3 reasons why you should consider getting a prenup

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Prenups are becoming more common among millennials — should you be signing one too?
Prenups are worth considering for various reasons, especially if one partner has more assets than the other, one or both partners have investments, or if you plan to have a family.
Signing a prenup requires thought and consideration — they should never be signed at the last minute before a wedding.

More millennials are signing prenups — should you, too?

Short for prenuptial agreement, prenups are no longer reserved for the rich and famous or those marrying multiple times; Americans marrying later in life with more assets to protect and millennials who fear divorce look to prenups as a source of protection.

A prenup manages expectations of what happens during a divorce and post-divorce. “Without a prenup, the laws of the state determine what will happen to your future should you and your spouse split,” Theresa Viera, family law attorney at Sodoma Law, previously told Business Insider.

“The largest advantage of a prenup is that the couple, not the court, decides what happens in the event of a divorce,” Viera said.

But it’s still not a decision to be taken lightly. Whether or not you get one depends on what you want to protect — if any of the following apply to you, you should consider getting a prenup.

One partner has more at stake than the other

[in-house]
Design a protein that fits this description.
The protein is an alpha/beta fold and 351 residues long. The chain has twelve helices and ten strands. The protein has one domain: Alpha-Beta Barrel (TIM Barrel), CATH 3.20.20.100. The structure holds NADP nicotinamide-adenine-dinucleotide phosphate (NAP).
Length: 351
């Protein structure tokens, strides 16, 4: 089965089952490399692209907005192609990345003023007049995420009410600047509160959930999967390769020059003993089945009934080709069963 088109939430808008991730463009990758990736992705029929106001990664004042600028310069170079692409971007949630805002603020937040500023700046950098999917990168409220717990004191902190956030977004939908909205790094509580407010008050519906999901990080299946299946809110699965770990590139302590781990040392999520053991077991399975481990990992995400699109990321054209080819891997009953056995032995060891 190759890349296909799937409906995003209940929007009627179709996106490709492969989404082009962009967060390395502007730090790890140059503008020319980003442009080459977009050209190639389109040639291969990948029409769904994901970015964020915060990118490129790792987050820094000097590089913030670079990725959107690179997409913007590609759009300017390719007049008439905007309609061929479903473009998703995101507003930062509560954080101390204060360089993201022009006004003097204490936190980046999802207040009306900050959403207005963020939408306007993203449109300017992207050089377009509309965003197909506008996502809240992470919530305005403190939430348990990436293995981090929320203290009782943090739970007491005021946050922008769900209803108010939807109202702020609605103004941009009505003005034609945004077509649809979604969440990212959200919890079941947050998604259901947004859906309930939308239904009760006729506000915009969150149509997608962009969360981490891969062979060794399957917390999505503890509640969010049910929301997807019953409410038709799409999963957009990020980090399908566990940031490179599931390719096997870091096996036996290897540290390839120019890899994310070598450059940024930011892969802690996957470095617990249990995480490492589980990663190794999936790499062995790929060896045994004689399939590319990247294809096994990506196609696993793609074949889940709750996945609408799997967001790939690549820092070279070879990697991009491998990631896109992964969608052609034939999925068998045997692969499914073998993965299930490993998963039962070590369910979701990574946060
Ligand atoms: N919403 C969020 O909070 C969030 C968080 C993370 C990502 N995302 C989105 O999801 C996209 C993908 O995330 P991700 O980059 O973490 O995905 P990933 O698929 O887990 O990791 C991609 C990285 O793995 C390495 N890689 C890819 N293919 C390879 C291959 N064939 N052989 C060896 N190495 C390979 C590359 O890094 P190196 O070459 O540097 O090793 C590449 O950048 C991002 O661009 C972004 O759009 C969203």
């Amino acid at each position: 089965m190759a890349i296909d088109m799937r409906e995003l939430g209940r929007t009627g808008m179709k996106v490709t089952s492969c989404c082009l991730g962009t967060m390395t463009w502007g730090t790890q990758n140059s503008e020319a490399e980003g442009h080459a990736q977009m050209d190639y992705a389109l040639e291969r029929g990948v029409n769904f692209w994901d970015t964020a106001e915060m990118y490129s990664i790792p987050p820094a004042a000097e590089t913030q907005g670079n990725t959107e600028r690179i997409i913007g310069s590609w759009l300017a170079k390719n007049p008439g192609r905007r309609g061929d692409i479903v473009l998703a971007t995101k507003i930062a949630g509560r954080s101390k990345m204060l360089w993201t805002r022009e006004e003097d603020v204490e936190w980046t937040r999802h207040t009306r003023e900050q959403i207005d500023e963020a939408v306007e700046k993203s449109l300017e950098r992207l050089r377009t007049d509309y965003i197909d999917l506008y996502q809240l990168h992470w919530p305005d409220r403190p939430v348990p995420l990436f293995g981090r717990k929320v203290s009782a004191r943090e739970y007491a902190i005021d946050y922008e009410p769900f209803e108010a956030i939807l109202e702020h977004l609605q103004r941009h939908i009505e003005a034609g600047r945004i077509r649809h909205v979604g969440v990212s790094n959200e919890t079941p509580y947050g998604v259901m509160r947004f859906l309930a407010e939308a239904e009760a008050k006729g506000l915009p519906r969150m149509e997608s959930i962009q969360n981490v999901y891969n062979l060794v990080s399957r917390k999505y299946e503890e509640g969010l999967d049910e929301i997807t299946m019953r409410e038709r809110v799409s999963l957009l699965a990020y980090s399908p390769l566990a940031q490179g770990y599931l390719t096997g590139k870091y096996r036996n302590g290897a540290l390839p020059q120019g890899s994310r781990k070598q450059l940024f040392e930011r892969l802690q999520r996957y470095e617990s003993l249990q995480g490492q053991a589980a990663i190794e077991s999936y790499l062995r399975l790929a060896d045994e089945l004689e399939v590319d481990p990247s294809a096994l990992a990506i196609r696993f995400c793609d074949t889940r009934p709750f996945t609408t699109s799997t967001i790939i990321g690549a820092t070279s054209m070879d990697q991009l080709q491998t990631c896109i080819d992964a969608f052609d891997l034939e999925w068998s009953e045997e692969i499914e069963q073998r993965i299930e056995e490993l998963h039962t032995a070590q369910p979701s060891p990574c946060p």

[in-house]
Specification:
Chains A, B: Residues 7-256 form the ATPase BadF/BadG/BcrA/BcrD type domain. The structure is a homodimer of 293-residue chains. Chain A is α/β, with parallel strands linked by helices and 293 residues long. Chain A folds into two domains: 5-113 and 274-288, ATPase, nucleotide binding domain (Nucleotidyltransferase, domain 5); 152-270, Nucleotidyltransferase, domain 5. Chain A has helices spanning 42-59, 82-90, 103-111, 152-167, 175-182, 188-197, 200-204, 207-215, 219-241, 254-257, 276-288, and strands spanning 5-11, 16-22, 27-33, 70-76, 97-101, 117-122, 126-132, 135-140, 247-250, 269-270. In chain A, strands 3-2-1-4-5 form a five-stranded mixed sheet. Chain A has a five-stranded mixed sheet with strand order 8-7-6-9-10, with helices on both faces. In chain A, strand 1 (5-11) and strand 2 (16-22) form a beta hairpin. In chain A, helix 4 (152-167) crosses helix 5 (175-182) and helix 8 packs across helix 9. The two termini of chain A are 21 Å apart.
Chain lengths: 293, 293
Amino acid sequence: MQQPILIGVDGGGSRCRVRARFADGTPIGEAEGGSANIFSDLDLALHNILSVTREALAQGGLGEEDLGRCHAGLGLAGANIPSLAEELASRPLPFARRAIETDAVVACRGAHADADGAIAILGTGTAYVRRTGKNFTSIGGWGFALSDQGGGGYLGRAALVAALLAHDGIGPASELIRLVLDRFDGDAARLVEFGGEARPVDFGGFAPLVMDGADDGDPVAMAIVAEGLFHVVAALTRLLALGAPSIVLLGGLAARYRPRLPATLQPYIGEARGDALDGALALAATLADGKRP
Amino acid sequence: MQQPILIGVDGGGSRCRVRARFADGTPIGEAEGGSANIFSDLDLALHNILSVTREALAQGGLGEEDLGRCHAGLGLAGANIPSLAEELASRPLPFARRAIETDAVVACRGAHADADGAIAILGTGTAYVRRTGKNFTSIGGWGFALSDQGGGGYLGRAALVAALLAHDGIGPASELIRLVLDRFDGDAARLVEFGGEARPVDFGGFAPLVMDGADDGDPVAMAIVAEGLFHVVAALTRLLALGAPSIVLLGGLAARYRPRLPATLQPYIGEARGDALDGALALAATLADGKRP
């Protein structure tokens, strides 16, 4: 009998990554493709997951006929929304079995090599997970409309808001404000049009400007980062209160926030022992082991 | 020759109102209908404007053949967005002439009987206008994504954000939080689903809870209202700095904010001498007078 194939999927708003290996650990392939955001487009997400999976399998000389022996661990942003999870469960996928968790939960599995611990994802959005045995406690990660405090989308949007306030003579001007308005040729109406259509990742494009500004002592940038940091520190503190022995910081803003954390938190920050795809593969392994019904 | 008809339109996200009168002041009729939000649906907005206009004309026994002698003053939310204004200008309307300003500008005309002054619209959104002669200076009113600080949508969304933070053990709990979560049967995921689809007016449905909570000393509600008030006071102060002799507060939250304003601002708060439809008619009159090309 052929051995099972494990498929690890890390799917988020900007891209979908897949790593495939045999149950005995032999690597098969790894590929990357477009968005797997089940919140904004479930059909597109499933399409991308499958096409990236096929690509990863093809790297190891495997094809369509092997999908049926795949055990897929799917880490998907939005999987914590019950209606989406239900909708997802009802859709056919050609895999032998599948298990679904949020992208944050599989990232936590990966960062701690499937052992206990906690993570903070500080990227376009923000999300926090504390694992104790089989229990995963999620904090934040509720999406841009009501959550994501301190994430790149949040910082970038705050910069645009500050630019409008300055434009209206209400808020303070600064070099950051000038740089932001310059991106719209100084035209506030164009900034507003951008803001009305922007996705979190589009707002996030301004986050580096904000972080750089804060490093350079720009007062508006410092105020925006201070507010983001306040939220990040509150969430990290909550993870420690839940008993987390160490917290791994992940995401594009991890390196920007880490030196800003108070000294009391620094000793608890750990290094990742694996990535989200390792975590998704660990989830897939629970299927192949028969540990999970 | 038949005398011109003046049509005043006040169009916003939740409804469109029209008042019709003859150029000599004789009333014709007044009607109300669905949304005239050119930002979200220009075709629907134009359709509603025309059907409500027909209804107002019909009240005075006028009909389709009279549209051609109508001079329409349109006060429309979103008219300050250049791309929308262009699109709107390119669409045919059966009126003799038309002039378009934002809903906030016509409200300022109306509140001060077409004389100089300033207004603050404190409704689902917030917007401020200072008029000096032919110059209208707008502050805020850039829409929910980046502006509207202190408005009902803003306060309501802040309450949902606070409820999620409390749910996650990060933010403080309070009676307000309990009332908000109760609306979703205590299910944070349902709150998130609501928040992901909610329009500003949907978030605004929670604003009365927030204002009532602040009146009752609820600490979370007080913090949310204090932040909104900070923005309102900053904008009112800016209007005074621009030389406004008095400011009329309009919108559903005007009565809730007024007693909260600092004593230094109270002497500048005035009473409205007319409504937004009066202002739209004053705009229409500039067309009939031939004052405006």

If one spouse has more tangible value than the other, a prenup may be worth considering. This is especially true if you own real property or other high-value assets, or plan to acquire any during the marriage, Viera said.

“Usually, the things you owned before marriage will still be yours after the divorce,” Leanna Johannes, senior wealth strategist at PNC Wealth Management, told Business Insider. “There are exceptions. By planning ahead about the disposal of specific properties, and the titling of assets, time — and stress — can be saved,” she said.

Another thing to consider: If one partner earns significantly more income, especially if they want to pay little to no alimony. “If your take-home pay is far less than that of your spouse, it could be wise to make sure you’ll have support in the future,” Johannes said. “By agreeing ahead of time on the amount, duration and type of alimony, the prenup can help secure your financial future.”

But value isn’t limited to a bounty of assets or more money — it also counts when there’s a lack of value, like debt, whether it’s student loan debt or credit card debt.

As Johannes explains, if one partner has a high balance on their credit cards, you could find yourself responsible for debts you didn’t know existed. You may even be expected to help shoulder the debt load if your partner has credit card or other installment types of debt, she said.

One or both partners have investments or plan to invest

You can also have more …read more

Source:: Business Insider


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